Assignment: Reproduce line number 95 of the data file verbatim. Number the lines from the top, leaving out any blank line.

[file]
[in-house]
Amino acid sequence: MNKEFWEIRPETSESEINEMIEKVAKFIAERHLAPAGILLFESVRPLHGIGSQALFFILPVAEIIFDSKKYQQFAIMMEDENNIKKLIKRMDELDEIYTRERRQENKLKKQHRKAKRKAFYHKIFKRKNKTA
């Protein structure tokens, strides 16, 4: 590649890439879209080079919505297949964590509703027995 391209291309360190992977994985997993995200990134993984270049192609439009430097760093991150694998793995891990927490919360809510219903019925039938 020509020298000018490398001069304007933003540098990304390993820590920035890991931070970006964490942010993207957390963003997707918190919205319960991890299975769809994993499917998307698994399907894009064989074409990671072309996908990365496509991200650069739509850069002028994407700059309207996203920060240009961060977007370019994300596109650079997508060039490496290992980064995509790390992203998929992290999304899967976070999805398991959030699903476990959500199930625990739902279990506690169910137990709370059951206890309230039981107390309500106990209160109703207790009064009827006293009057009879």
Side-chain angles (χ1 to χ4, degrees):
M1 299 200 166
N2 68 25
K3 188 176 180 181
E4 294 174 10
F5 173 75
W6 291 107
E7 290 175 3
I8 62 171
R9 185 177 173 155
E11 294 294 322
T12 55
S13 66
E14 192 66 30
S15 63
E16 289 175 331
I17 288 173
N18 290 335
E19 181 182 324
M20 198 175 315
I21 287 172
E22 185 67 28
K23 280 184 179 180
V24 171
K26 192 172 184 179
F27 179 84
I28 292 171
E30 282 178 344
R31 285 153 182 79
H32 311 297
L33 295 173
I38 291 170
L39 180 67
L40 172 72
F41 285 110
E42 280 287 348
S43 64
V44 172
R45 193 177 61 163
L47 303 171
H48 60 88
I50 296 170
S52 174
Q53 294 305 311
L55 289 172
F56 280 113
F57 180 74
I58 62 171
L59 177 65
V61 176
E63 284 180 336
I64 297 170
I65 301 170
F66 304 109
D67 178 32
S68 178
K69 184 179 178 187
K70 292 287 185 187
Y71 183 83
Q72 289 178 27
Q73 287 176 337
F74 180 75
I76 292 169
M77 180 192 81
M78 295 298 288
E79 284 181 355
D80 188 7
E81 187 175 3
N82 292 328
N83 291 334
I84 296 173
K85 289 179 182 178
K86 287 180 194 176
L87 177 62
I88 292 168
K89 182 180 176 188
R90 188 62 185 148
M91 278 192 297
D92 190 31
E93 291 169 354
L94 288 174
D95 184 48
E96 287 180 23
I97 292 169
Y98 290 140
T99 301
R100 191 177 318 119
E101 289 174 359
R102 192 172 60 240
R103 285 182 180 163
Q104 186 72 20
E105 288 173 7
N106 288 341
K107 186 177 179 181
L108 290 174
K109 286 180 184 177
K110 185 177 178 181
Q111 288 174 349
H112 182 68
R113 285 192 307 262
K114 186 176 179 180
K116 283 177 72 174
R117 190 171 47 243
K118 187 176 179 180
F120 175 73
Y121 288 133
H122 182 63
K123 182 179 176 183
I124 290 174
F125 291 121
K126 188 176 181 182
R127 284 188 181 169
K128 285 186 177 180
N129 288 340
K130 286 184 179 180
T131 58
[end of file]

E105 288 173 7